Watch Your Cover

survival guide for the desert

Photo: O Palsson.


It is going to get boiling hot during the day and of course the temptation to get rid of a few pieces of clothing is huge. But it is important that you keep protecting your body from the direct sun. Long trousers and sleeves prevent sunburn and high water loss through perspiration. In strong winds, it also protects you from the abrasive effect of the sand. Don’t forget to protect your eyes and your nose from the nasty, little sand grains as much as possible.

Also always keep your head covered. If you don’t have a hat, use some piece of clothing you can spare. Cooling your head costs your body tons of energy and it will surely appreciate any help in its struggle.

Even when you are properly dressed, avoid the direct sun, since it speeds up dehydration. In most deserts there is not much shade available. If you find some rocks you can hide behind, you are lucky, if not, try to build a shelter for the hottest hours of the day. Here, the blanket you have brought could come in handy in combination with two sticks.


Watch Your Rations

survival guide for the desert

Photo: ilkerender.


If fortune is on your side, you still have some water left. Economize. That doesn’t mean that you should save the last drops till you are already too weak to move, but don’t drink it all at once. Take many small sips over the day, to keep you constantly hydrated. Assess your dehydration, and with that your need for water, with the help of your urine: if it is getting dark and viscous, you need water. A good way to reduce the speed of dehydration is to generally keep your mouth shut or cover it with a scarf when breathing.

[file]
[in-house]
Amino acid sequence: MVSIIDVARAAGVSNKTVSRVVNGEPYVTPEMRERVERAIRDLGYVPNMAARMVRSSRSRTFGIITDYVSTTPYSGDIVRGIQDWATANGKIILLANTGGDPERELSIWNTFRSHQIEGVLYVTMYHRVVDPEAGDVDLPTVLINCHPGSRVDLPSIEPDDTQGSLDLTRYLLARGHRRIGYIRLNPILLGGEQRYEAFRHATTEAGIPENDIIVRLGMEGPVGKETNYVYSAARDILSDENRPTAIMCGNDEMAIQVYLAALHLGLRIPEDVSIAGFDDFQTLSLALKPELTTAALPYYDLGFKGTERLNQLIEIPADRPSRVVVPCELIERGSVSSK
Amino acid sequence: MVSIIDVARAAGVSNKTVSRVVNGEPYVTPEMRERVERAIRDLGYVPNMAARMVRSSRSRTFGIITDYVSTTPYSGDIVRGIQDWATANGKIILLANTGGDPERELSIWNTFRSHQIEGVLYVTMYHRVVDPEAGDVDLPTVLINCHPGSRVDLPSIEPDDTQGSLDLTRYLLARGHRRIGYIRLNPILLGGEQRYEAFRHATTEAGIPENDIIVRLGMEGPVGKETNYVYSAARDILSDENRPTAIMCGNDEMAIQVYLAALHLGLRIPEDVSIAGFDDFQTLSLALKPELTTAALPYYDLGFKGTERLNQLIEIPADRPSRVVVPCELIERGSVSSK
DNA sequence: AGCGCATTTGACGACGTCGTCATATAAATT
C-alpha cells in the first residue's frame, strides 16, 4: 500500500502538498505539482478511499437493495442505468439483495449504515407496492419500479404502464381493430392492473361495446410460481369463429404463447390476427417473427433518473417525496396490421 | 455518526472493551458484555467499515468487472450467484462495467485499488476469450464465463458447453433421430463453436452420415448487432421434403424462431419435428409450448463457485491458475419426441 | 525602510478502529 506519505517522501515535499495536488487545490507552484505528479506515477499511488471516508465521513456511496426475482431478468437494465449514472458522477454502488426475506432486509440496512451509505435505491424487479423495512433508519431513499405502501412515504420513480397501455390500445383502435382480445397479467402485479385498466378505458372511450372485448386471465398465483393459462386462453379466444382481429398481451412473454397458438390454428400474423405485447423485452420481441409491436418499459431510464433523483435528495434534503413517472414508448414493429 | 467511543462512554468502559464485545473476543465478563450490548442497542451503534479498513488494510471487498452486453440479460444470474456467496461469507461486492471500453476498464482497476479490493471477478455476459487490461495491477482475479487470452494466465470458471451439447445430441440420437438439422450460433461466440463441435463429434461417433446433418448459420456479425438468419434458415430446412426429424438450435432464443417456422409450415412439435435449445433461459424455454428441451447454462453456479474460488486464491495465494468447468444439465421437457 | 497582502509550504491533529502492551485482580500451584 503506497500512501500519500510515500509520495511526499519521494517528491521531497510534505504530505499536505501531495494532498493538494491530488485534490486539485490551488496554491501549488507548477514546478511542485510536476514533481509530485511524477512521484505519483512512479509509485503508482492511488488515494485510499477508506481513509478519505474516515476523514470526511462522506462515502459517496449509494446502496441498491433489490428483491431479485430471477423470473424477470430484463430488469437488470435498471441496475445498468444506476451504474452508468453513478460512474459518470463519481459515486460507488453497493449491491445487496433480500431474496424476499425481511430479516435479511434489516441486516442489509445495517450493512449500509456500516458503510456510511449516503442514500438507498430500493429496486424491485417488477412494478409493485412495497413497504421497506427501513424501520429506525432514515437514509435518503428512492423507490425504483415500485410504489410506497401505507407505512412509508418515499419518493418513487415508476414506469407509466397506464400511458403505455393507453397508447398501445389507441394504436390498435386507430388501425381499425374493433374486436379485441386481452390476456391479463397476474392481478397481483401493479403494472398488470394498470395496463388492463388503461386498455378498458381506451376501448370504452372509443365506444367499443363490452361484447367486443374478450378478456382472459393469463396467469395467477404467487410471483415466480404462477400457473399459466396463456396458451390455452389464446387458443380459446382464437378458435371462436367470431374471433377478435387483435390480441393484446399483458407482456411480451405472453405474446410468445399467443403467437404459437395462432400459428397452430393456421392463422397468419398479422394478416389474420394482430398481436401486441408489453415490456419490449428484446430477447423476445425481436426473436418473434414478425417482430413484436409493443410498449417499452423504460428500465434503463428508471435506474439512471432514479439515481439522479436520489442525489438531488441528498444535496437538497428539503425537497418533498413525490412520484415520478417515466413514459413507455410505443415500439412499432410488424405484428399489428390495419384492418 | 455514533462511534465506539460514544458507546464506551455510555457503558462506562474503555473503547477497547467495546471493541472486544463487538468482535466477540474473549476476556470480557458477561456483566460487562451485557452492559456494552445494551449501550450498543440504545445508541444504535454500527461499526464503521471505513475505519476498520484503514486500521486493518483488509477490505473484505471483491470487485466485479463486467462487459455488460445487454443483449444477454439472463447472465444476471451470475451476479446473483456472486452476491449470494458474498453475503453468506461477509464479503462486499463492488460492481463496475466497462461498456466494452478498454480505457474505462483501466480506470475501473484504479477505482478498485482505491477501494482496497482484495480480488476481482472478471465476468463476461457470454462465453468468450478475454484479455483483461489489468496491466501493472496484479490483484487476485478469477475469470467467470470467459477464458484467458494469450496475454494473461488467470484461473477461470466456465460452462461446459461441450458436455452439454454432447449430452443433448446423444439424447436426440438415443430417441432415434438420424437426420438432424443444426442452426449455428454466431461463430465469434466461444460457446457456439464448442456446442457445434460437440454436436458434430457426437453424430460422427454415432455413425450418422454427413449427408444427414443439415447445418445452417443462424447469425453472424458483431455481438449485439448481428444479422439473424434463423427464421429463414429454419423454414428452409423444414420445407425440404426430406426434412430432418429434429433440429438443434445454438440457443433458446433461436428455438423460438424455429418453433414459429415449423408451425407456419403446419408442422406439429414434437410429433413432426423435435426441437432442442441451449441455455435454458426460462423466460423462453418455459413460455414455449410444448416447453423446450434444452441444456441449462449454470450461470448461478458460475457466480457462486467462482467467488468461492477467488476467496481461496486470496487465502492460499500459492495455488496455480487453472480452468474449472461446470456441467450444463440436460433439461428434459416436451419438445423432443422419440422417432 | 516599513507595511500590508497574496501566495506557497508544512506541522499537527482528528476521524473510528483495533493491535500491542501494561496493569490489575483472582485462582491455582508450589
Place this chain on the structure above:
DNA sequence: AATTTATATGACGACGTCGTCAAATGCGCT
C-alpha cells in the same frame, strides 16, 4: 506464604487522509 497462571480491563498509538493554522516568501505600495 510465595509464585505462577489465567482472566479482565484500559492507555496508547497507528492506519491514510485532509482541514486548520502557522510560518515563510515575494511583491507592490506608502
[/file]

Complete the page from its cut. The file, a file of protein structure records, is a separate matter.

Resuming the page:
If fortune loves you, and you even have some food left, don’t get overly excited. It is better not to eat or at least only when it is absolutely necessary. Eating makes you thirsty and water is precious. Always remember, that you can live up to 3 weeks without food, but only about 3 days without water, and in the desert probably even less.

And if you are on the right continent and think about pulling that cactus stunt, better think again. Firstly it is exhausting to get through all spines and to cut the cactus, secondly many species are poisonous and you will find yourself with severe diarrhea within short time.


Watch All That Dangerous Critters Around You


A desert may seem an environment hostile to life, but it is known that life always finds a way and you are definitely not alone out there. Your company are usually nocturnal snakes, scorpions, spiders, centipedes, many of which venomous and if not deadly then at least pretty painful.

Tuck your pants into your socks and your t-shirt in your pants. Watch what you touch closely and where you sit down, especially when you are looking for a place to sleep. Try to touch as little ground as possible and be especially careful when you handle sticks and deadwood or when you turn around stones, since there are your little friends’ favourite hiding places.

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About the author


Barbara is a German-born Austrian with unresolved identity issues and a degree in Ecology and Nature Conservation. Three years ago, she moved to Budapest, Hungary. She travels the world whenever she can, equally chasing interesting stories and fluffy cats. She is a travel writer who loves adventure and never says no to any challenge.